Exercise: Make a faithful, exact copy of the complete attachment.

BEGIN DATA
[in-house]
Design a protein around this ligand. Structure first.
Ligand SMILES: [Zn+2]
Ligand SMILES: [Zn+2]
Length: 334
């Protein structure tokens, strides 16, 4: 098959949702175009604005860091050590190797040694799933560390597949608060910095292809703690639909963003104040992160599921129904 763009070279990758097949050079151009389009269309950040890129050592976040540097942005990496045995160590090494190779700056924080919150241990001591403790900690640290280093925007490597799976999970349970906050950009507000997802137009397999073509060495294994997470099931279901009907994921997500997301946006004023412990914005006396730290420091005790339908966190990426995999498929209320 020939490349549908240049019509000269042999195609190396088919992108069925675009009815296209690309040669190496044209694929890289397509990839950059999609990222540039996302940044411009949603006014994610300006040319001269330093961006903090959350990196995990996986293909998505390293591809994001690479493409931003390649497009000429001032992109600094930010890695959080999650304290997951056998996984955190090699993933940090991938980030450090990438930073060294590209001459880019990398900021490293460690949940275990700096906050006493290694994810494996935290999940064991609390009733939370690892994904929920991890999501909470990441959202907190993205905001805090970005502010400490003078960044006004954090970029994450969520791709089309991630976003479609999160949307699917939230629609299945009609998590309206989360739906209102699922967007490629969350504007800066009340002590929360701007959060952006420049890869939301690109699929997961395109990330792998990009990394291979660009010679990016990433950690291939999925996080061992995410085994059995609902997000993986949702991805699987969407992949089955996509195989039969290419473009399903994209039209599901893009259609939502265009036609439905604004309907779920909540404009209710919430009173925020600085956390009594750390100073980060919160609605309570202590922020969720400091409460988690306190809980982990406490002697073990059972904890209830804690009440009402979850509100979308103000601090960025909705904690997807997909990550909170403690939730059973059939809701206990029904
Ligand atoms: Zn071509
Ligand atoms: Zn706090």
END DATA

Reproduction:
[in-house]
Design a protein around this ligand. Structure first.
Ligand SMILES: [Zn+2]
Ligand SMILES: [Zn+2]
Length: 334
């Protein structure tokens, strides 16, 4: 098959949702175009604005860091050590190797040694799933560390597949608060910095292809703690639909963003104040992160599921129904 763009070279990758097949050079151009389009269309950040890129050592976040540097942005990496045995160590090494190779700056924080919150241990001591403790900690640290280093925007490597799976999970349970906050950009507000997802137009397999073509060495294994997470099931279901009907994921997500997301946006004023412990914005006396730290420091005790339908966190990426995999498929209320 020939490349549908240049019509000269042999195609190396088919992108069925675009009815296209690309040669190496044209694929890289397509990839950059999609990222540039996302940044411009949603006014994610300006040319001269330093961006903090959350990196995990996986293909998505390293591809994001690479493409931003390649497009000429001032992109600094930010890695959080999650304290997951056998996984955190090699993933940090991938980030450090990438930073060294590209001459880019990398900021490293460690949940275990700096906050006493290694994810494996935290999940064991609390009733939370690892994904929920991890999501909470990441959202907190993205905001805090970005502010400490003078960044006004954090970029994450969520791709089309991630976003479609999160949307699917939230629609299945009609998590309206989360739906209102699922967007490629969350504007800066009340002590929360701007959060952006420049890869939301690109699929997961395109990330792998990009990394291979660009010679990016990433950690291939999925996080061992995410085994059995609902997000993986949702991805699987969407992949089955996509195989039969290419473009399903994209039209599901893009259609939502265009036609439905604004309907779920909540404009209710919430009173925020600085956390009594750390100073980060919160609605309570202590922020969720400091409460988690306190809980982990406490002697073990059972904890209830804690009440009402979850509100979308103000601090960025909705904690997807997909990550909170403690939730059973059939809701206990029904
Ligand atoms: Zn071509
Ligand atoms: Zn706090």